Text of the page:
This might be a tad long but there is so much to say with such really neat stories. Our eighth day in Ethiopia was completely geared around finding the waiting children by visiting two different orphanages. One was in the city and one was in the country....way in the country :) One thing I take total pride in while visiting ET is coming face to face with the children living in orphanages who are paper ready and waiting for a family to find them. I have found that when I meet them and personally see their little personalities and hold them and love on them, it makes them come alive in people's eyes. Most people just need to know that they are there in order for them to be adopted. So we take our mission trips and make it one of our main missions to come face to face with these children who wait and bring them to the forefront in hopes that maybe one of you reading this will discover that one of these precious little ones is waiting for you. I can account that each and every one of them are just precious and it makes my heart sick to think that no one is looking at their profiles. Both orphanages we visited are those that Sue with Celebrate Children uses. She and her husband were very gracious to meet us at these orphanages to tell us about the children.The first orphanage we went to was a small orphanage. This particular one has a sibling group of 5 that have been waiting for a long time now. I wanted to definitely make it over to this orphanage in order to advocate for them. Sue hopes to adopt them out all together for sure, but it is possible to split them. If that is the case it would be amazing for either two different family members or friends to adopt them at the same time in order to keep them all in the same family or at least close to one another. These five kids are just too cute for words. They are all beautiful and are all waiting for a family to find them. I believe the oldest girl is HIV+. Our whole team rallied around these waiting siblings in hopes to find them a home and show our support and how much we love them. I will send out a Speak Up about them soon with more info but remember I can't use their picture for advocating purposes on my blog. I took pics of all the children in these orphanages. Some are paper ready and some are not. You will see pictures but I am just showing you pics of the day and all those children we saw and met with ;) You may email me to inquire about a child and I will let you know if that child is available and then direct you to Sue or not. These 5 siblings have been on my site for a while so it is so neat to see these children in person. Also while there we ran across some other paper ready children who were just precious. One child that stole my heart was a 7 year old HIV positive little girl. She had the sweetest spirit I had ever come across. I gave her a homemade doll that one of our team members brought and let me tell you that I have never seen a smile light up so big in all my life. She literally sucked air and got the biggest grin and just stood in awe for a second. She then took it and held it close and just squeezed it so tight as she looked at me and said thank you. She was just precious!!! She stole my heart so I encourage any of you who are considering an HIV + child to call Sue about this little girl. God was shining through her without a doubt. We all loved this orphanage and it was so clean and so well run.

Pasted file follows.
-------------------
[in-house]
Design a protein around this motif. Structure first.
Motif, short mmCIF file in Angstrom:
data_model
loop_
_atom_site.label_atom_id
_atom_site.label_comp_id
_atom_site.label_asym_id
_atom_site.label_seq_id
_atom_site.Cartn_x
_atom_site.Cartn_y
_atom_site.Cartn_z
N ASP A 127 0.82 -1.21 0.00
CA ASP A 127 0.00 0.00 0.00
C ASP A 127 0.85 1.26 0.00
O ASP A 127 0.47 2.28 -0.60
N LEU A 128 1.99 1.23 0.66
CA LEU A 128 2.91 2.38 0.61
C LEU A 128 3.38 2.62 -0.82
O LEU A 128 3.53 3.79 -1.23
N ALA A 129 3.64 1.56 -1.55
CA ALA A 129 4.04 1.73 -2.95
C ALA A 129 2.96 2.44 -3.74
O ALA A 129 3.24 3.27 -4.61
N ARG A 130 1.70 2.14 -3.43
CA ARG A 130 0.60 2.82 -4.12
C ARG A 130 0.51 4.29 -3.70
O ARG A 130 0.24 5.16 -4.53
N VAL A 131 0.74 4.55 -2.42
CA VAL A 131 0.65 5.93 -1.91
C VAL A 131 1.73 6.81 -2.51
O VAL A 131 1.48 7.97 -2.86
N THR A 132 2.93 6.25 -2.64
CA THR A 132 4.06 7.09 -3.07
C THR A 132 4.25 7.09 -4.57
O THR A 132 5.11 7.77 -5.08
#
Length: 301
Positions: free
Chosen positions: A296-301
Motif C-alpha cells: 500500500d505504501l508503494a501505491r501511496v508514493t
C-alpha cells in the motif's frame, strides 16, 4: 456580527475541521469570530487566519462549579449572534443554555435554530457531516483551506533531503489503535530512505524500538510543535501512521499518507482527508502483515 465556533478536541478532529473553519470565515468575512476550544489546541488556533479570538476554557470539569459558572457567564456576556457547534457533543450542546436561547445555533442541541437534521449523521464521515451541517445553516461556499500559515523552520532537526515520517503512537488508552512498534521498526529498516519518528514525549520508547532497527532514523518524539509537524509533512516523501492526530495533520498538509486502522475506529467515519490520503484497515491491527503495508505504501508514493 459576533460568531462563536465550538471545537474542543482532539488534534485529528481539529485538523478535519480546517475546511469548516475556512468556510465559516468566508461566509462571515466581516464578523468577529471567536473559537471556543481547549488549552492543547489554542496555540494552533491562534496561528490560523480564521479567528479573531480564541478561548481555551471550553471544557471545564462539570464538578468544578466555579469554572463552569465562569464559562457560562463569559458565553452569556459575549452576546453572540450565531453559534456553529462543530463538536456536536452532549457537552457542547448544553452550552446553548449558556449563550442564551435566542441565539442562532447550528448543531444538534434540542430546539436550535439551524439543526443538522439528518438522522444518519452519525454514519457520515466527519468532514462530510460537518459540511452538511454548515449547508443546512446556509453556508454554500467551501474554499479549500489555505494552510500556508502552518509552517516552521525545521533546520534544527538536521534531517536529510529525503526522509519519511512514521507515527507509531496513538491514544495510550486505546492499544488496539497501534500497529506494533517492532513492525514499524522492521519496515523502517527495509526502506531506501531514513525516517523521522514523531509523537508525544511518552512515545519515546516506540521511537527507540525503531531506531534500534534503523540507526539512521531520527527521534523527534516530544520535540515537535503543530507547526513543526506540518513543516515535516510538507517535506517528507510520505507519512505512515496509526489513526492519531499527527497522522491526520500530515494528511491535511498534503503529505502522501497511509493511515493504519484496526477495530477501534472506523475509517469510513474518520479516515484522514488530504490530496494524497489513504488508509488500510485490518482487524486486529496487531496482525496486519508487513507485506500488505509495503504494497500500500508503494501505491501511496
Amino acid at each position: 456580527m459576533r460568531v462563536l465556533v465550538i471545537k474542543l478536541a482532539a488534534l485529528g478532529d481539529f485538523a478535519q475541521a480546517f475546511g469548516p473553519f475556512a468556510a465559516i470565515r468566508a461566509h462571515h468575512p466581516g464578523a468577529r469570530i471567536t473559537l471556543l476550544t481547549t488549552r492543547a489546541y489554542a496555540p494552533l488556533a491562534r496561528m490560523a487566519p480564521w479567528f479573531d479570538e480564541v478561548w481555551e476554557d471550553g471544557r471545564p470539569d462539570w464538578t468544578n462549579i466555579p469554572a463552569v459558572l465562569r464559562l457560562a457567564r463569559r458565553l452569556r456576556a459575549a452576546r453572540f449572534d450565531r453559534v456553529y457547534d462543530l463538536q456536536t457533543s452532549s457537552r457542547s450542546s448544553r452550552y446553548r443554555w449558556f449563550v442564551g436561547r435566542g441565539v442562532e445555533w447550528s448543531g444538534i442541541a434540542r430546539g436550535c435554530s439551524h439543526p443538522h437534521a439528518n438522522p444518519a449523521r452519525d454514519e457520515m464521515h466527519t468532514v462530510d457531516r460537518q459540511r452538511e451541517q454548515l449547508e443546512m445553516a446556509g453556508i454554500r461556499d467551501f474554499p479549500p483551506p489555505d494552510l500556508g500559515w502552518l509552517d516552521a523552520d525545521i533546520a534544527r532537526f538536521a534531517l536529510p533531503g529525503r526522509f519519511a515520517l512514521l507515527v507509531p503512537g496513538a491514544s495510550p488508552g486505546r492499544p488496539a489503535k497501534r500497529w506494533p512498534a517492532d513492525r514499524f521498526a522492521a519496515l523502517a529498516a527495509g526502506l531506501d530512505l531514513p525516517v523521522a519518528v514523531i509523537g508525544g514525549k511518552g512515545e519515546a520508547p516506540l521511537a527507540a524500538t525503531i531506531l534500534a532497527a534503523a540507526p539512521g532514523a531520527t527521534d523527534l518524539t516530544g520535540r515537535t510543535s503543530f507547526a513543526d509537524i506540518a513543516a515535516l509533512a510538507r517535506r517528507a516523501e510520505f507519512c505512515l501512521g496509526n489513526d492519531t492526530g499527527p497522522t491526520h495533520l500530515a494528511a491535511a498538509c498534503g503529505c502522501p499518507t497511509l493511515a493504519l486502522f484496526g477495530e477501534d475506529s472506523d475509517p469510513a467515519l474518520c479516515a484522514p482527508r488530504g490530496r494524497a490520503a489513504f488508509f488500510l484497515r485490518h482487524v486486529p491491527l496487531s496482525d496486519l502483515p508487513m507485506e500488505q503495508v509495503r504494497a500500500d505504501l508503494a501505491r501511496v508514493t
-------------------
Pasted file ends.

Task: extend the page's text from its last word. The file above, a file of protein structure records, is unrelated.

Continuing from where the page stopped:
We then loaded up and headed out to the country to a remote village that has an orphanage that only Sue pulls kids from. As we drove we all caught a glimpse of the country poverty like we had never seen. It is just a whole other world to live in the country in ET verses living in the city. These are some of the hardest working people I have ever seen and they live off of barely anything. We saw mud huts, stick huts, dirty, fly covered children like we had not seen anywhere else. We drove for 3 hours outside of Addis and as we got deeper and deeper into the country and down the remote, bumpy, mud filled, pot holed roads, I couldn't help but think of the children we were about to find. I felt so honored that God would choose our team to travel that far in such conditions because he has hand picked some of these precious children to be pulled from these circumstances. He is using us to bring attention to them and I know He has a plan for them. These were